Tomorrow, Google will celebrate 23. In just 23 years, Google has managed to change the way we do so many things that the list is too long to remember. But perhaps Google’s first revolution was the way we gather information. It is with good reason that we tell people “Google it!” in order to find out something. You would think that making knowledge so accessible to everyone would make the world a better place, but reality has proven otherwise. Knowledge, we have learned the hard way, is not the same as wisdom.
Knowledge is the accumulation of information; wisdom is the ability to use it correctly, which is what really counts.
It is great that we can find all the information we need so quickly. However, although information is so easily accessible, we are not happier now than we were 23 years ago. By all accounts, we are more depressed, anxious, violent, and generally more miserable.
Why are we so miserable? We misuse the information that we gather with such ease. Without knowing how to use what we know correctly, the more we know, the more miserable we feel.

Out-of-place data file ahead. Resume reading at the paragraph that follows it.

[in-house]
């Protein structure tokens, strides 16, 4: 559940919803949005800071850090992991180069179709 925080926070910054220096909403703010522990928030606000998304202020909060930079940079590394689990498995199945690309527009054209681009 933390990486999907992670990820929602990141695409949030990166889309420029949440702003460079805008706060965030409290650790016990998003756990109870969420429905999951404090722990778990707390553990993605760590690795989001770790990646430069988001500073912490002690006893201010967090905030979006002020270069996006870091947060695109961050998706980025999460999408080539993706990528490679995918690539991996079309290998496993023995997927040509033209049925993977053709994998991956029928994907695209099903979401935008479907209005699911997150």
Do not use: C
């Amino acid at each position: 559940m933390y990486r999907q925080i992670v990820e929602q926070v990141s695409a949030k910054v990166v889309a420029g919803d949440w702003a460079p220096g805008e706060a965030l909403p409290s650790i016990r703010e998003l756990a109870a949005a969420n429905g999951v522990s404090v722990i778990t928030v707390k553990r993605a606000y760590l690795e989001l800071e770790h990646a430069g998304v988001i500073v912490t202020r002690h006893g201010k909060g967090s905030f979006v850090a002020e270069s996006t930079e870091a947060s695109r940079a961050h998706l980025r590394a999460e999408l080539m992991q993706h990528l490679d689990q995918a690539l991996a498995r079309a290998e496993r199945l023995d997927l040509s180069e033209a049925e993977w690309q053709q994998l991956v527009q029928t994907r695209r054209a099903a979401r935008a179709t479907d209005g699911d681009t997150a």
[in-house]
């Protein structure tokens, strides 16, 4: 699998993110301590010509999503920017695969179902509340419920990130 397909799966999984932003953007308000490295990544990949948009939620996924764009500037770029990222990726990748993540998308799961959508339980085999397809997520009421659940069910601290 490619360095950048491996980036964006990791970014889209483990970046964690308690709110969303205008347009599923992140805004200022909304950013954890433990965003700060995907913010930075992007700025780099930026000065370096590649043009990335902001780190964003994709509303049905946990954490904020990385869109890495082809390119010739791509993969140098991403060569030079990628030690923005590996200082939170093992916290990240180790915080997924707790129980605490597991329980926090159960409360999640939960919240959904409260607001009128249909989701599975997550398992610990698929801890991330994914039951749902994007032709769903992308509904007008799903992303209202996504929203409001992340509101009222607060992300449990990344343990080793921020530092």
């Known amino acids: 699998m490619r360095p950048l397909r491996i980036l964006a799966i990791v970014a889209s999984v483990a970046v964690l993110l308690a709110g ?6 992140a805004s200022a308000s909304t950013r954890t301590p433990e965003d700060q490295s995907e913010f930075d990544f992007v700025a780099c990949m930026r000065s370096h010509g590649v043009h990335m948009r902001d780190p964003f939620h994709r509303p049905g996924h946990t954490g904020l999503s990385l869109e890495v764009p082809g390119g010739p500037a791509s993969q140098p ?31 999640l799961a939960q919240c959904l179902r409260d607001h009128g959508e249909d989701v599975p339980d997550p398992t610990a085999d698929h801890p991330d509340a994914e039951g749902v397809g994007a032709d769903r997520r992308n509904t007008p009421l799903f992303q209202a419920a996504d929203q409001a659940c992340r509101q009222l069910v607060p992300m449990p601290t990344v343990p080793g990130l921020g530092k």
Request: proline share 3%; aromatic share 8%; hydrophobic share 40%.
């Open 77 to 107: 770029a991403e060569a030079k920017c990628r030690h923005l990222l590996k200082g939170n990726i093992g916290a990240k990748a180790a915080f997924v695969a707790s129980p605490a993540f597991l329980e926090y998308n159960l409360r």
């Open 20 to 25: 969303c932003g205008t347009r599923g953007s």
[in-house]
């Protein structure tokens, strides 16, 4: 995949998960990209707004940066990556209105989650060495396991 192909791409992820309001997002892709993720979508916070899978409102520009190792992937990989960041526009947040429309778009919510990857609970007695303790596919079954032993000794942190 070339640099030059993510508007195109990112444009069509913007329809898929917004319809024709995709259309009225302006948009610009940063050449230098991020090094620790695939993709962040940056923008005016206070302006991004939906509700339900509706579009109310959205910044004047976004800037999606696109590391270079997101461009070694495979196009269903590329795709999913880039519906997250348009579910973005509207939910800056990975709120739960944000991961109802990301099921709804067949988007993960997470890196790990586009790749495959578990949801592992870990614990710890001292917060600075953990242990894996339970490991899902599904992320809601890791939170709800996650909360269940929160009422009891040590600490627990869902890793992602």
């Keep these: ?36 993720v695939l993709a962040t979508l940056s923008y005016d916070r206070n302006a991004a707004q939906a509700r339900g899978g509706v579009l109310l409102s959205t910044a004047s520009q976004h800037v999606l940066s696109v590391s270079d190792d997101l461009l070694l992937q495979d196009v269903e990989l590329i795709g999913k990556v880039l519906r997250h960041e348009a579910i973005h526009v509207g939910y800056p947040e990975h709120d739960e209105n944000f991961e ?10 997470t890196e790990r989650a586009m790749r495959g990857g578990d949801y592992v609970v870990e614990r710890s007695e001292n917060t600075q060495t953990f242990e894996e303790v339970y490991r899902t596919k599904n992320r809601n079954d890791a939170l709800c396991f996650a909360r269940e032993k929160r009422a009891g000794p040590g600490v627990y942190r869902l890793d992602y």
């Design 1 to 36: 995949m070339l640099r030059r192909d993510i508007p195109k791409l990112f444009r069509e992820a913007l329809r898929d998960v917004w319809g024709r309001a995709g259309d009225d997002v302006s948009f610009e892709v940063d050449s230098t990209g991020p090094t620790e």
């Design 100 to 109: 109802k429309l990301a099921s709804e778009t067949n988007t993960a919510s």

The benefit from Google’s success in making knowledge readily available is that it shows us what our world really looks like. It shows us what humans do to one another and to nature, and that humanity is only growing meaner and more vicious.
If we want to be happy, we must use this information wisely. What we know about ourselves must prompt us to seek to change ourselves, to change our very nature, which makes us harm each other so readily. We clearly cannot help ourselves.
Now it is time to shift to the next level of learning, to use what we know with wisdom and make our world a better place. To do that, we should not seek external changes, which will only distract us from the crux of the problem. No, we should look within, at our own motivations for the things we do and say.
Alone, we will not be able to change our nature from the nastiness within us and become caring and compassionate. Together, there is no end to what we can achieve. Indeed, if we support each other, we can even turn ourselves into completely different human beings: kind, caring, and connected.
Everything we learn from Google or from any other source should go toward improving ourselves. There is no other problem in the world but human nature. It is our own vile disposition that tells us to look elsewhere, but it’s a decoy; we should not be tempted. The sooner we learn it, the sooner we will know how to distinguish between knowledge and wisdom, and how to use knowledge wisely—for the common good, and for our own.